The fact that you are here repeating a lie and basing your conclusions on this blatant falsehood is evidence that the author of the original post is spot-on about how hysterical this discussion has become.

Alex said...

Wow, I don't even know where to start with the inaccuracies in John's comment. Your argument about the ten commandments has no relation to the "mosque" controversy because that issue is over whether relgious symbols should be placed inside PUBLIC buildings. This community center is being built on PRIVATE property. Furthermore the community center is not receiving a dime of public financing, it is privately financed. Do you get all your facts from Fox News? Your level of ignorance is astounding.

dubaicory said...

i live in dubai, and what ever is clever here mostly for business reasons because people wouldn't want to come here if what fundimentalist islam. however not 30 kilometers to the south is Sharjah and it is fundementalist islam. no shorts in public, women must be covered, a man and women are not allowed to ride together in a car unless the are related or married and you have to show proof if you are stopped.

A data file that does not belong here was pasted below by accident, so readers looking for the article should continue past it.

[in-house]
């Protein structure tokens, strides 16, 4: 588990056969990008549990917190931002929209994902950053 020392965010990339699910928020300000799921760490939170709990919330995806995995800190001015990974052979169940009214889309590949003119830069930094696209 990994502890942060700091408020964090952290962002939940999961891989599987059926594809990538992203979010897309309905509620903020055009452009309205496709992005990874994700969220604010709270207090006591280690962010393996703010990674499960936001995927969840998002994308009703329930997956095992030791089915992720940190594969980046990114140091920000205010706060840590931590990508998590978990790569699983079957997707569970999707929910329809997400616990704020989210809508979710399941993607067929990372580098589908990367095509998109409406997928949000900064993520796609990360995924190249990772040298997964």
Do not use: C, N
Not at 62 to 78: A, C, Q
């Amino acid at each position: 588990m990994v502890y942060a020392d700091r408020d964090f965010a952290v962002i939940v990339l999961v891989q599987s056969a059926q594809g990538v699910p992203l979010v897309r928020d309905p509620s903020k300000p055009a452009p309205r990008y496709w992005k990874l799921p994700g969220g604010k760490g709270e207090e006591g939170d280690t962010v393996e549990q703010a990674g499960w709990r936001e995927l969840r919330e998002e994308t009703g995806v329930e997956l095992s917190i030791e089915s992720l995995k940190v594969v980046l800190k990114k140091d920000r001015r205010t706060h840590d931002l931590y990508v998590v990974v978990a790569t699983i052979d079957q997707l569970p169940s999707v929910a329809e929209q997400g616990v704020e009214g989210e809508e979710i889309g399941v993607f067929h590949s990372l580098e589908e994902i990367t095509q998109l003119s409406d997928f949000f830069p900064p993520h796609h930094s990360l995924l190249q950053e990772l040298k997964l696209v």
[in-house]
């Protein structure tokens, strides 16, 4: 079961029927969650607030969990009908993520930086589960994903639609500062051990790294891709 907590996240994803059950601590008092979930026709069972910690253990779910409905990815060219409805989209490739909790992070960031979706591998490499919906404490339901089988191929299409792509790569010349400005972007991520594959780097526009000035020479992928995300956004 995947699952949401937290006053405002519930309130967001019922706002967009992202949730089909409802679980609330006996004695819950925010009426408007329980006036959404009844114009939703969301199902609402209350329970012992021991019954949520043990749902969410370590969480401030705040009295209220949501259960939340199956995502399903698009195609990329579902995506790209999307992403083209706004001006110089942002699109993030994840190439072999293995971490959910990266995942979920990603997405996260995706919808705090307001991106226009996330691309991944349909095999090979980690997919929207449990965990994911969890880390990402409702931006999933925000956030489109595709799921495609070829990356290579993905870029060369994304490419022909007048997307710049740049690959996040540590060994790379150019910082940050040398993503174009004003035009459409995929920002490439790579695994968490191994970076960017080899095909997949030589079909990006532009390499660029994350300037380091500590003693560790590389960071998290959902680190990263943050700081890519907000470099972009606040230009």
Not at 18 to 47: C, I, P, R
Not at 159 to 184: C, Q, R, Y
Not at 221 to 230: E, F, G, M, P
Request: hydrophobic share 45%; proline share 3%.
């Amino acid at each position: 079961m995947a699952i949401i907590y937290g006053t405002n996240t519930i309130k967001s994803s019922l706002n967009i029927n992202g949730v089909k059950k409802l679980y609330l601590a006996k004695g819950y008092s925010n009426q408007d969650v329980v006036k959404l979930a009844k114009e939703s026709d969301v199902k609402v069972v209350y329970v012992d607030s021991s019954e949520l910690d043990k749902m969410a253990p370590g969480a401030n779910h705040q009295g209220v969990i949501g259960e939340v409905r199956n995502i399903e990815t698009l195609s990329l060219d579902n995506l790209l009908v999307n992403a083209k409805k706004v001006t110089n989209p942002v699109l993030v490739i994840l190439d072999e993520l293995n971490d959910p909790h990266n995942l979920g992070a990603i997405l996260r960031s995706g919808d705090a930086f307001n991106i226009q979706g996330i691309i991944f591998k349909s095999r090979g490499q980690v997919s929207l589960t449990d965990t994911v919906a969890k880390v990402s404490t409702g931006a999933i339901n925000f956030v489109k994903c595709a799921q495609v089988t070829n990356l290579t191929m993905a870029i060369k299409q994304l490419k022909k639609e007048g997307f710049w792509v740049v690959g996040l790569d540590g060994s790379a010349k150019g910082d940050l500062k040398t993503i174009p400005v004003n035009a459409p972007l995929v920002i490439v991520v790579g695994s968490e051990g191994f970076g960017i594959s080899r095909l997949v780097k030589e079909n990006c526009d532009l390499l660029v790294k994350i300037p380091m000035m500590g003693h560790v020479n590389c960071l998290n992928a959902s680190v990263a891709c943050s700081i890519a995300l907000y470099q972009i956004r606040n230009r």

Big difference between the two: i don't think anybody hates muslims but when you hear about honor killings, stonings, lashings for simple things like daughters going to a party, or people being caught smoking during ramadan, or if a women raped it is her fault (which by the way has happened in dubai and the women was convicted all possessions confiscated, served 6 months in jail and was deported. sounds fair huh?) it sounds very oppresive and people are scared that these things are going to be pushed on them.

what do you do?

to me it isn't islam or christianity or buddhism or whatever else you can come up with it is the nature of religion period. it is oppresive, unnatural to the human condition and i really wish that people would just evolve past these bogus stories, myths, trite expanations to fill themselves and make them feel good.